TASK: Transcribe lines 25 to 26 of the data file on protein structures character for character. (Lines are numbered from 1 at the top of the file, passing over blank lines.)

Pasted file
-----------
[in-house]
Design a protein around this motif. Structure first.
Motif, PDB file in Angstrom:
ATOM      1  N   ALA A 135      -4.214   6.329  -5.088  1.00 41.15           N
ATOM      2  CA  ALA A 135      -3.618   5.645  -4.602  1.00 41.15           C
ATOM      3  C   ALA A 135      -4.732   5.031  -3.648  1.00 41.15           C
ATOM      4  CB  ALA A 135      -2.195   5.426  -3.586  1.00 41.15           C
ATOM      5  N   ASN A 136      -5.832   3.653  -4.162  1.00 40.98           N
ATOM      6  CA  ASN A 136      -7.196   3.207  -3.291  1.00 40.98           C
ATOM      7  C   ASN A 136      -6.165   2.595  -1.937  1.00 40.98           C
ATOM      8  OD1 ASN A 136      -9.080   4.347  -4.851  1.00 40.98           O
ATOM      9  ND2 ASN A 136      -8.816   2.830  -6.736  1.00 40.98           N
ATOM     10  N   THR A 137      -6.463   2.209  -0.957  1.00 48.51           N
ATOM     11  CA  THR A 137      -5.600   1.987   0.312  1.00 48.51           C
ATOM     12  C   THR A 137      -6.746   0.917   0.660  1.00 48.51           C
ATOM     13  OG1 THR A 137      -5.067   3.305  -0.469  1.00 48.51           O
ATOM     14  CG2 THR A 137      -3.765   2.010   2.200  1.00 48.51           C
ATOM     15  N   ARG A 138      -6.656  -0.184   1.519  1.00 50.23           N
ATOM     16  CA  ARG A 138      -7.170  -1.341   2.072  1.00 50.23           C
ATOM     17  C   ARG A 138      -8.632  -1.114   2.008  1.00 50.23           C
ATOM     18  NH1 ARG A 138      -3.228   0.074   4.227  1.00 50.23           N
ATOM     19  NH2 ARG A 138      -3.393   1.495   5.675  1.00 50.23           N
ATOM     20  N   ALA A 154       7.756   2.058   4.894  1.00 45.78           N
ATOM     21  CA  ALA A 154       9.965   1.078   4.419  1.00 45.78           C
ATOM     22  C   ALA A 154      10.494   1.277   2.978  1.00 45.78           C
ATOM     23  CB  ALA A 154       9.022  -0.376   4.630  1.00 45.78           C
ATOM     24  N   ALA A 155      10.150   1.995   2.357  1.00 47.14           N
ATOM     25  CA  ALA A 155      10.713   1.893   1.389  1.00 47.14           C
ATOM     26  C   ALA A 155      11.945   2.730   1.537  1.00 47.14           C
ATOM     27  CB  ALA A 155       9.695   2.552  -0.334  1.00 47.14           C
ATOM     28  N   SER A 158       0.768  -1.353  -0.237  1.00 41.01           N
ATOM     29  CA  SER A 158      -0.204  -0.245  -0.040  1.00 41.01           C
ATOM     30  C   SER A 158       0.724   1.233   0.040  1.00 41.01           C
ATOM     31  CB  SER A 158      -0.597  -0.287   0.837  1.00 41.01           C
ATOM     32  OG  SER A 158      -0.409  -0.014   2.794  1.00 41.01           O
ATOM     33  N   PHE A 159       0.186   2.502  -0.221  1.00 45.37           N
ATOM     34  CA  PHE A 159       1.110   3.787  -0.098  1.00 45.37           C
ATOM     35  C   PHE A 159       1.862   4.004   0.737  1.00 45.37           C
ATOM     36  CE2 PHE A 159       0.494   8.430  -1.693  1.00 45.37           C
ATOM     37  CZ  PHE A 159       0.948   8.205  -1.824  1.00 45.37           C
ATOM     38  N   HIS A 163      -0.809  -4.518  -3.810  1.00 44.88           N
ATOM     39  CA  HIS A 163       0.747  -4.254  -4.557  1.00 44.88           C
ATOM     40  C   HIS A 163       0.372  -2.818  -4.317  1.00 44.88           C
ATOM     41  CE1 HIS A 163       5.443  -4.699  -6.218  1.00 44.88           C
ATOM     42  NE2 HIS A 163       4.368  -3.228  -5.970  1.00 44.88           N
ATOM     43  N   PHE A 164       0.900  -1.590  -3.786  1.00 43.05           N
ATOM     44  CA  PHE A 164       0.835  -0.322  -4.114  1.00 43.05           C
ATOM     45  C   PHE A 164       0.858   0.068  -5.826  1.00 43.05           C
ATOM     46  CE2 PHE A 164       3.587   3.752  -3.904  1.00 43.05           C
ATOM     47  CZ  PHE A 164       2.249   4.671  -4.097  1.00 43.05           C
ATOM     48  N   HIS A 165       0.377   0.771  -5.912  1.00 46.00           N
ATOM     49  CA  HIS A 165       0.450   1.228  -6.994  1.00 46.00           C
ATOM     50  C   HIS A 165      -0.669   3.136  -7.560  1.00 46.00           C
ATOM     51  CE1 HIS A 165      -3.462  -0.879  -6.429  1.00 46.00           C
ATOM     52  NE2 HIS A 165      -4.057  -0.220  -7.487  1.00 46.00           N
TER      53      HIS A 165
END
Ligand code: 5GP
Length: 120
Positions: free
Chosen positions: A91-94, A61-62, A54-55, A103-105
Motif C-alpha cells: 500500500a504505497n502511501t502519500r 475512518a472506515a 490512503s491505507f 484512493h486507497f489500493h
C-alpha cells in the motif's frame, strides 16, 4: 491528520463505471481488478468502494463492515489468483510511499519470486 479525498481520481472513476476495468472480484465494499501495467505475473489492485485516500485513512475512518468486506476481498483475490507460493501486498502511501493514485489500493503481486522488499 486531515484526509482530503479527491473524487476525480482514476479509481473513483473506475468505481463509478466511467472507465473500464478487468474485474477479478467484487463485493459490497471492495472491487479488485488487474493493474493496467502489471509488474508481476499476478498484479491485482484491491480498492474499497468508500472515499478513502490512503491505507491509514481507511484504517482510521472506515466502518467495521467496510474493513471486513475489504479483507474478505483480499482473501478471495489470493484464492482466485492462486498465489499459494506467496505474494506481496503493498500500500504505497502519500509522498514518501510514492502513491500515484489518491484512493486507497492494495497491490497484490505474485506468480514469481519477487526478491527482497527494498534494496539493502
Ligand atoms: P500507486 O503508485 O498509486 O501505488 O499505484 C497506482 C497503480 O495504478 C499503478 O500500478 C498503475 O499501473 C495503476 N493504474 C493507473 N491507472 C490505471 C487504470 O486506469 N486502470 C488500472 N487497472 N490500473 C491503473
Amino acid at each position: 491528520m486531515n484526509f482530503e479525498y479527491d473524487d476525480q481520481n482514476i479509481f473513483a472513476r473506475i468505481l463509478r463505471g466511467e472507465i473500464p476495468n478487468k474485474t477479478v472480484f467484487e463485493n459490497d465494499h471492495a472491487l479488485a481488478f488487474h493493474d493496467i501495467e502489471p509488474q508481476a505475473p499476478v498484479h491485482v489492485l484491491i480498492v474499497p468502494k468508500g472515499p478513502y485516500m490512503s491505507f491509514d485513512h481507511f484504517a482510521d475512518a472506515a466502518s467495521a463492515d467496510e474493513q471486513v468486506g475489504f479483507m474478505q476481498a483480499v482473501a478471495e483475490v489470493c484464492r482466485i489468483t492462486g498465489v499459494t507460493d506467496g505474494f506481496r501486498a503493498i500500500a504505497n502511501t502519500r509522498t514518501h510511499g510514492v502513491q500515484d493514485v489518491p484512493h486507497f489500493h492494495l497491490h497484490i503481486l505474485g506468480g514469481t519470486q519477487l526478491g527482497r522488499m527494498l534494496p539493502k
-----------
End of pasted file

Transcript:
ATOM     22  C   ALA A 154      10.494   1.277   2.978  1.00 45.78           C
ATOM     23  CB  ALA A 154       9.022  -0.376   4.630  1.00 45.78           C